To limit the potential transmission of antiviral drug-resistant influenza virus during outbreaks in institutions, whether in chronic or acute-care settings or other closed settings, measures should be taken to reduce contact between persons taking antiviral drugs for treatment and other persons, including those taking chemoprophylaxis. Guidelines recently published by IDSA provide a summary of the prevention and management of influenza outbreaks in institutional settings [105].

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Selected References

Booy R, Lindley RI, Dwyer DE, Yin JK, Heron LG, Moffatt CR, Chiu CK, Rosewell AE, Dean AS, Dobbins T, Philp DJ, Gao Z, Macintyre CR. Treating and preventing influenza in aged care facilities: a cluster randomised controlled trial. PLoS One. 2012;7(10):e46509.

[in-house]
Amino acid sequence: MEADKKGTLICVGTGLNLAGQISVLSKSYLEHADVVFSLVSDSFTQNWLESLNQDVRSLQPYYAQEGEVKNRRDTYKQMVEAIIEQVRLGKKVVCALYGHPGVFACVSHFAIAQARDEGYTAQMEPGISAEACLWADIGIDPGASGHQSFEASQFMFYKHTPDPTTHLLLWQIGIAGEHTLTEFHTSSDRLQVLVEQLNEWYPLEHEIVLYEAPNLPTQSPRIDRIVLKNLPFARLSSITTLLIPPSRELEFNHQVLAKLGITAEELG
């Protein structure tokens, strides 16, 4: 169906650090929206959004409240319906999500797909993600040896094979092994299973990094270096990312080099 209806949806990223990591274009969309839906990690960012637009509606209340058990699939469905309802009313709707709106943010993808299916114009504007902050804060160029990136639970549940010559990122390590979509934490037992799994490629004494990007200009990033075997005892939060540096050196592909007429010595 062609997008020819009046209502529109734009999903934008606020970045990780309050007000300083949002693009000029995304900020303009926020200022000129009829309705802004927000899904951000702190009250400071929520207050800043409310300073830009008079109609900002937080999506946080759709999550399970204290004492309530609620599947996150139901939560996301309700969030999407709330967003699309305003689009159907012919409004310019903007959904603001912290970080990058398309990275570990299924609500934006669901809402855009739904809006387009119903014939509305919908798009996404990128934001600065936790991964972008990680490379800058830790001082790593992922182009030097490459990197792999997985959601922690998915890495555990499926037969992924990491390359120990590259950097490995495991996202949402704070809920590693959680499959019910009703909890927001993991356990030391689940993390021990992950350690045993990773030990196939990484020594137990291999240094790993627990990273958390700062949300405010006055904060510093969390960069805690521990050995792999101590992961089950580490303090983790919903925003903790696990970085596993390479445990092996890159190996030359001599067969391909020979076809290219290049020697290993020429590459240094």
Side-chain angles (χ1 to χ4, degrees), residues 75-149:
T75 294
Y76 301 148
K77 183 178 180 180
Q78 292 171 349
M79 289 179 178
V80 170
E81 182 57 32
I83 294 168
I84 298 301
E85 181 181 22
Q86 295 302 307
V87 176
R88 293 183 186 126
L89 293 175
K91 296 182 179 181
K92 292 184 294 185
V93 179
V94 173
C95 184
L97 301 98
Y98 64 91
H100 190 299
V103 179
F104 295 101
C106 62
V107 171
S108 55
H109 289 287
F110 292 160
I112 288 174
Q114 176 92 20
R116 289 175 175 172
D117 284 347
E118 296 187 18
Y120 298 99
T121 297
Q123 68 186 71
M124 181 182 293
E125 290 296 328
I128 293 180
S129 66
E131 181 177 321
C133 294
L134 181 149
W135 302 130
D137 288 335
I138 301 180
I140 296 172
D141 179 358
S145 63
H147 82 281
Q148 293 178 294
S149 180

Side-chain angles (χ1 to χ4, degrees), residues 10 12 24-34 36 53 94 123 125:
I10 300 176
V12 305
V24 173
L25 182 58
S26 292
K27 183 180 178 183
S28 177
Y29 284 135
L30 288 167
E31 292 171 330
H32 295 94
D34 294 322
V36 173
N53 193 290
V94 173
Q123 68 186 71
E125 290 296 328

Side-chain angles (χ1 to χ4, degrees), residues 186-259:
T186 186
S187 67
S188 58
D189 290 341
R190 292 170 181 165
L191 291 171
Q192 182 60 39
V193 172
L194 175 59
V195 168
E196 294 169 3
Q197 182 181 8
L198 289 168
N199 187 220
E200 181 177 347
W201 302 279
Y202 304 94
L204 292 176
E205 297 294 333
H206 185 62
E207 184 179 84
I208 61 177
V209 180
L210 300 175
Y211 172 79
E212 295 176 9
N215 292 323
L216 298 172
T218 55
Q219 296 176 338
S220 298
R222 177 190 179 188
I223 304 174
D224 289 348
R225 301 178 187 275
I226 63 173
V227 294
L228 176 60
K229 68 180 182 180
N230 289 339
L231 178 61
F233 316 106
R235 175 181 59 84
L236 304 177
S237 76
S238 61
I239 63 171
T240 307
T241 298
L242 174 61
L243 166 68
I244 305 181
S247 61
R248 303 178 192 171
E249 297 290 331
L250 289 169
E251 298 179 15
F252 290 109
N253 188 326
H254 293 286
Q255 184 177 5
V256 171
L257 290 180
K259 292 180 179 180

Chartrand C, Leeflang MM, Minion J, Brewer T, Pai M. Accuracy of rapid influenza diagnostic tests: a meta-analysis. Ann Intern Med. 2012 Apr 3;156(7):500-11.

Hsu J, Santesso N, Mustafa R, Brozek J, Chen YL, Hopkins JP, Cheung A, Hovhannisyan G, Ivanova L, Flottorp SA, Saeterdal I, Wong AD, Tian J, Uyeki TM, Akl EA, Alonso-Coello P, Smaill F, Schünemann HJ. Antivirals for treatment of influenza: a systematic review and meta-analysis of observational studies. Ann Intern Med. 2012 Apr 3;156(7):512-24.

Jefferson T, Jones MA, Doshi P, Del Mar CB, Heneghan CJ, Hama R, Thompson MJ. Neuraminidase inhibitors for preventing and treating influenza in healthy adults and children. Cochrane Database Syst Rev. 2012 Jan 18;1:CD008965.